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India’s Fertile Future

A fast growing Indian population implies a higher demand for food. Traditional agriculture must be gradually replaced with intensive agriculture.

India certainly remains a contrasting country, with huge urban agglomerations in contrast to poor rural areas. Agriculture is the Indian economy’s Cinderella, providing sustenance to two-thirds of the Indian population. Besides this, it also provides crucial linkages to the rest of the economy. The urban-rural imbalance is evident through the fact that agriculture accounts for one fifth of the Indian GDP, but sustains more than half the population.

A fast growing population implies a higher demand for food. Traditional agriculture must be gradually replaced with intensive agriculture. This form of agriculture is based on new principles, wherein high productivity is a key focus.

Climate helps the Indian population obtain significant harvests, but also depletes the mineral resources present in the soil. This impairment of soil quality must be avoided through modern agricultural techniques. In this sense, fertilizers act as the oxygen source for agriculture.

The Indian fertilizer industry had a very shy beginning in 1906, when the first manufacturing unit of Single Super Phosphate (SSP) was set up in Ranipet near Chennai with an annual capacity of 6000 MT. The Fertilizer & Chemicals Travancore of India Ltd. (FACT) and the Fertilizers Corporation of India (FCI) were the first large sized-fertilizer plants set up in the 40’s and 50’s in order to establish an industrial base to achieve self-sufficiency in food grains.

The installed capacity grew till 2005 and achieved a maximum capacity of 120.61 lakh MT of nitrogen and 56.59 lakh MT of Phosphoric nutrients.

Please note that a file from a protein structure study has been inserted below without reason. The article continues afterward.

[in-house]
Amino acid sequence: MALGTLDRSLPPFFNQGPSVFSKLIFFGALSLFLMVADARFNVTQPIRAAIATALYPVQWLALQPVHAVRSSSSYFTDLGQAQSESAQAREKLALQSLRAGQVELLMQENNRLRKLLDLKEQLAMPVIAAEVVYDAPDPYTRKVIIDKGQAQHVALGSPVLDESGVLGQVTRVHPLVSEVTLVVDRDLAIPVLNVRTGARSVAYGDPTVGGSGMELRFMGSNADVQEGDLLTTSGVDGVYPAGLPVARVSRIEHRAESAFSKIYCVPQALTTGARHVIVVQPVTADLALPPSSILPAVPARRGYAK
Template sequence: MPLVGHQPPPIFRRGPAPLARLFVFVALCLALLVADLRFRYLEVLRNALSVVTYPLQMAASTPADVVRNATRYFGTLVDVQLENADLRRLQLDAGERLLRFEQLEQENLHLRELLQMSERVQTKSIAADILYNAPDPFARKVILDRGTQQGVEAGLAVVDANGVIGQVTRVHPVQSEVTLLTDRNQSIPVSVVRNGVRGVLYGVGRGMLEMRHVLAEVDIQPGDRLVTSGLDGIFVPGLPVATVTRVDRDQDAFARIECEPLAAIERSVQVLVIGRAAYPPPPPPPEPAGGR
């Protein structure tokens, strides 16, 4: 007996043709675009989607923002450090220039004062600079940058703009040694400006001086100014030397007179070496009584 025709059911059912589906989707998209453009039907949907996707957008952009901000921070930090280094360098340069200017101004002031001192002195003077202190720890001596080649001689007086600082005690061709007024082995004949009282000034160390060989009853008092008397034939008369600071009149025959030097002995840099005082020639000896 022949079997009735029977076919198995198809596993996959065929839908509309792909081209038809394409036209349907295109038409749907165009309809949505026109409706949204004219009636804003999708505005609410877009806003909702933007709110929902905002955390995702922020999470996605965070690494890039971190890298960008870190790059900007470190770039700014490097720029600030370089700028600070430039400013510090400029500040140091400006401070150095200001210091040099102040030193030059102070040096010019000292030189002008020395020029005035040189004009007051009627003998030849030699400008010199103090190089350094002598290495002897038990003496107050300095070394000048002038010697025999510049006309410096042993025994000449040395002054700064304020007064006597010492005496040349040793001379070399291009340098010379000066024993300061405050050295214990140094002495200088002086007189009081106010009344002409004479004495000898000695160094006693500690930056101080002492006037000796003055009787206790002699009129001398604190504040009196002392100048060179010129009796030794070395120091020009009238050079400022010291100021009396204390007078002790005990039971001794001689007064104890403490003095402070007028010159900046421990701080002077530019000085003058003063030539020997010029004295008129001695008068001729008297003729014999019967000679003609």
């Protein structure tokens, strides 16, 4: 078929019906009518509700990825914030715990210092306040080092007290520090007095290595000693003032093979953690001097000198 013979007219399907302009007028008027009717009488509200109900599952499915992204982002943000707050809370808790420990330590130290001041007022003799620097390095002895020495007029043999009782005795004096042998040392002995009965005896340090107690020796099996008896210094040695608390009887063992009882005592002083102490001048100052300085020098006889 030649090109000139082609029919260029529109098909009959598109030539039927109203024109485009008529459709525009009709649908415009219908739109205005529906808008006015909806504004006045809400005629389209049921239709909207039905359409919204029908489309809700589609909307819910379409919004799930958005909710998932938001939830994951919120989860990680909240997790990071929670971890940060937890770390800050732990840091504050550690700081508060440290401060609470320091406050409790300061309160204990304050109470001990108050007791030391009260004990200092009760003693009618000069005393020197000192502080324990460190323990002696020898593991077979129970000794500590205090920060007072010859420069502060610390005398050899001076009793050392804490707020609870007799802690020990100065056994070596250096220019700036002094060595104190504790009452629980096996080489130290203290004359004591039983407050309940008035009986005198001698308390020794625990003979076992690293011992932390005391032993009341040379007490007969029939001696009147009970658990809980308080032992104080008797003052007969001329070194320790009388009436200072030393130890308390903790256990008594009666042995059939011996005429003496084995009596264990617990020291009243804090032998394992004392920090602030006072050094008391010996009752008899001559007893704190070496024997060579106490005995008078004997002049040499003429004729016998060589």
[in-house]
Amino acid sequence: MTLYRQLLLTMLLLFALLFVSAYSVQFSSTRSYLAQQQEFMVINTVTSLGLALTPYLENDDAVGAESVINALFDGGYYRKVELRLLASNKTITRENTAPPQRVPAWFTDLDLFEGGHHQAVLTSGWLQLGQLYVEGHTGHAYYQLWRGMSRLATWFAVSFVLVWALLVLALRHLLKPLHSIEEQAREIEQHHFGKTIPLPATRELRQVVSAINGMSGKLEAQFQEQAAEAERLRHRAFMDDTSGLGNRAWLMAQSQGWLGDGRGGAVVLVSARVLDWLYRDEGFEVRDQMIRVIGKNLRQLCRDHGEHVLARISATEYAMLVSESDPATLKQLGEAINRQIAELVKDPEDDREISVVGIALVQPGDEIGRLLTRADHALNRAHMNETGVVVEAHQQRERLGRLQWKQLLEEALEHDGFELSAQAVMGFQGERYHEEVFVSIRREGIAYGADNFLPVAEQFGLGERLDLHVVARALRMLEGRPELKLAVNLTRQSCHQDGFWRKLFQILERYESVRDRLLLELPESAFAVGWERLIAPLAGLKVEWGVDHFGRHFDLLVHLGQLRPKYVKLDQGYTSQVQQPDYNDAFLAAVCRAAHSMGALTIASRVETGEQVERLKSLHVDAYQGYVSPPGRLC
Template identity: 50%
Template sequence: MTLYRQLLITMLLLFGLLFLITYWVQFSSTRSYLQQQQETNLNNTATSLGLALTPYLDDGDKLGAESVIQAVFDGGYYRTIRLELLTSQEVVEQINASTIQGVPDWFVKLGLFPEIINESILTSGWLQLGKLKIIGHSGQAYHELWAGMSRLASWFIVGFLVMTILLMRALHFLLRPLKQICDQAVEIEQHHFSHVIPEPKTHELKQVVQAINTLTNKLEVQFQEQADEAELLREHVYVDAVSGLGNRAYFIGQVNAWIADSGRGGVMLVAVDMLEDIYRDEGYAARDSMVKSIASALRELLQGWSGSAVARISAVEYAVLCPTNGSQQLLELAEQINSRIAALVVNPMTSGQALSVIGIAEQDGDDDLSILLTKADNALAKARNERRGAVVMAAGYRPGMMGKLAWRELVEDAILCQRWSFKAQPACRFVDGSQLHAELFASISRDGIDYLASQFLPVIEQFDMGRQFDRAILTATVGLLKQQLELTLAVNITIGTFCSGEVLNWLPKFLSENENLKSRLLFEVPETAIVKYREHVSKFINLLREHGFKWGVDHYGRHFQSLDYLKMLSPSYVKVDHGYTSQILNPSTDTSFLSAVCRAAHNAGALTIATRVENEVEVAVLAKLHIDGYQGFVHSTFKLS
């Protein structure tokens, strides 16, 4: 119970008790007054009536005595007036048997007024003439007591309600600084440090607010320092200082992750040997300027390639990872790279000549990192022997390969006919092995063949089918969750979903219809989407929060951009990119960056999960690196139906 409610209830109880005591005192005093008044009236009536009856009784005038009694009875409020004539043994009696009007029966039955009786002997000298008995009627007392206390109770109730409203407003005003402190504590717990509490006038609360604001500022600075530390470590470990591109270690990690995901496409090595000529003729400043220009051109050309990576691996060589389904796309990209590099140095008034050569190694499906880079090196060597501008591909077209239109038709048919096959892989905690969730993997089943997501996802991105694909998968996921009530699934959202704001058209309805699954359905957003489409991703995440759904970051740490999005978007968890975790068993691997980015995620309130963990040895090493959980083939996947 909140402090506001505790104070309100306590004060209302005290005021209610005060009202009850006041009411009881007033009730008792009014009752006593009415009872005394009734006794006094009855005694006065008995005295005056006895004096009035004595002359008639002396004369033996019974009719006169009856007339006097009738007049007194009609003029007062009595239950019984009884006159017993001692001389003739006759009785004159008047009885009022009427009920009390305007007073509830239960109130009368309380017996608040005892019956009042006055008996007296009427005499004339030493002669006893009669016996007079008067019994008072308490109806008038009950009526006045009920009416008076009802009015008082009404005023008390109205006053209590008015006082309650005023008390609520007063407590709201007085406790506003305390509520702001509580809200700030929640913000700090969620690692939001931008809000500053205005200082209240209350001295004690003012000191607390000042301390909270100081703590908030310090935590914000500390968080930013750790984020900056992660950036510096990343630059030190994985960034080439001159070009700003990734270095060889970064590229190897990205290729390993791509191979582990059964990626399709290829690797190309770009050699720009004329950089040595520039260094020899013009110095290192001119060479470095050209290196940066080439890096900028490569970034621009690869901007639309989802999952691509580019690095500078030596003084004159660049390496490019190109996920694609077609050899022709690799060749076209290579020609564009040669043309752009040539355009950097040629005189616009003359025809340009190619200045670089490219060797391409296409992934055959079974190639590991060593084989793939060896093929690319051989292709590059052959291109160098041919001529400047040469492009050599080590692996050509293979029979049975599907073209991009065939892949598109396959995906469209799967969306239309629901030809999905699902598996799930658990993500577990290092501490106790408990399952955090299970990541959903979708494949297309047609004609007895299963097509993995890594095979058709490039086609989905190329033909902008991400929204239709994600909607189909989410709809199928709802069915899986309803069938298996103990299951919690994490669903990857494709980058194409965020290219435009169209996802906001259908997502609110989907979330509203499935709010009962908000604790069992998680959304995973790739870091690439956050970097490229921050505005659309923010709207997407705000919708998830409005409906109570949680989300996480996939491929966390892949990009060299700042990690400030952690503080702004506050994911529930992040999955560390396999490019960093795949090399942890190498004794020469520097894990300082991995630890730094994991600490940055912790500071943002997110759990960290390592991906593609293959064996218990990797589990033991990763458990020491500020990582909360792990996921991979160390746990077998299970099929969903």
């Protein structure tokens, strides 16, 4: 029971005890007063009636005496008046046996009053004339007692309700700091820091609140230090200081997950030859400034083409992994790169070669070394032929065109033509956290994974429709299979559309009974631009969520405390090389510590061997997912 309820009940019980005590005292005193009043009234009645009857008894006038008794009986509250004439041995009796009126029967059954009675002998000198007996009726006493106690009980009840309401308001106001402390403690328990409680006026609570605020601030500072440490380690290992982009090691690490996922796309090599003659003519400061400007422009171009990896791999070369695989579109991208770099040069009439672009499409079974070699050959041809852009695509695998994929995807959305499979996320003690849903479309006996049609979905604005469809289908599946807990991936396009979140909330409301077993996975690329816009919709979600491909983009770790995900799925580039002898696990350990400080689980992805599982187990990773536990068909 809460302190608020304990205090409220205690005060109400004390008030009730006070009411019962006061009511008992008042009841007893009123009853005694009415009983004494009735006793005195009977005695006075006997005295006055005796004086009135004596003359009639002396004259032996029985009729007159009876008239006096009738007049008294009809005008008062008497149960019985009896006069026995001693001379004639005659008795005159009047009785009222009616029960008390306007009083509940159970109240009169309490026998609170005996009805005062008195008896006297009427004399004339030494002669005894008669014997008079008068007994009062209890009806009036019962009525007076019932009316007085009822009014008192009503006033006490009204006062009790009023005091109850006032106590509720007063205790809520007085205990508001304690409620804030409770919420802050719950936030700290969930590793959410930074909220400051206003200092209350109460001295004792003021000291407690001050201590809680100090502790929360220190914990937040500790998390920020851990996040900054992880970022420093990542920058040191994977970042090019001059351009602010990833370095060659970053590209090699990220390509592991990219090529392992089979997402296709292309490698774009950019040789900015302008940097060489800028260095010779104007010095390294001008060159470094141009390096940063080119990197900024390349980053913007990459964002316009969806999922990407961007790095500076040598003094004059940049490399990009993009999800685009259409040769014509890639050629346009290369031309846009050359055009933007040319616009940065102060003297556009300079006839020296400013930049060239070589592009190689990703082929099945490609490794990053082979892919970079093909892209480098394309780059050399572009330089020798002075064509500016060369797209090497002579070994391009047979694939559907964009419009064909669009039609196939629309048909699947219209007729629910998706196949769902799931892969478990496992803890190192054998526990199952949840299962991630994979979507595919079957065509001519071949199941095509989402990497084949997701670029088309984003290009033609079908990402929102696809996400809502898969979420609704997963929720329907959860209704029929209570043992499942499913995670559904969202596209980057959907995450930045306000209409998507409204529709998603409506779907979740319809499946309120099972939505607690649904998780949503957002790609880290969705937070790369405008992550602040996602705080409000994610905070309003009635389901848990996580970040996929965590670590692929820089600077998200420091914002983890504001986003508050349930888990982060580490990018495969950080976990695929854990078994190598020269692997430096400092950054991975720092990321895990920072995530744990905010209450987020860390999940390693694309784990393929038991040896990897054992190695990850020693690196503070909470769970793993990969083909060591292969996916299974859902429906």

From the very beginning, the fertilizer industry has grown constantly and has gradually reached self-sufficiency. Presently India is the third largest fertilizer producer in the world, having a wide development horizon.

As a result of constraints in availability of phosphoric acid and high prices of sulphur, production of phosphoric fertilizers has declined in the last few years. Requirement of MOP are being met fully by imports.

The future development of this sector is closely linked to infrastructure development, price reduction through efficiency enhancement, search of more abundant and cheaper raw material resources, feedstock, subsidizing policy and finally the huge domestic demand.

In conclusion, the fertilizer sector has spectacularly evolved in the last decade and has a bright future ahead with continuing progress and increase in domestic demand.

Claudiu Pasca is a Sustainability Analyst with Solaron Sustainability Services. Solaron ( is a niche Sustainability / ESG research firm with a global team of 60+ Analysts present across several Emerging markets like India, Brazil, China, UAE, Mexico, Russia, Eastern Europe and Africa.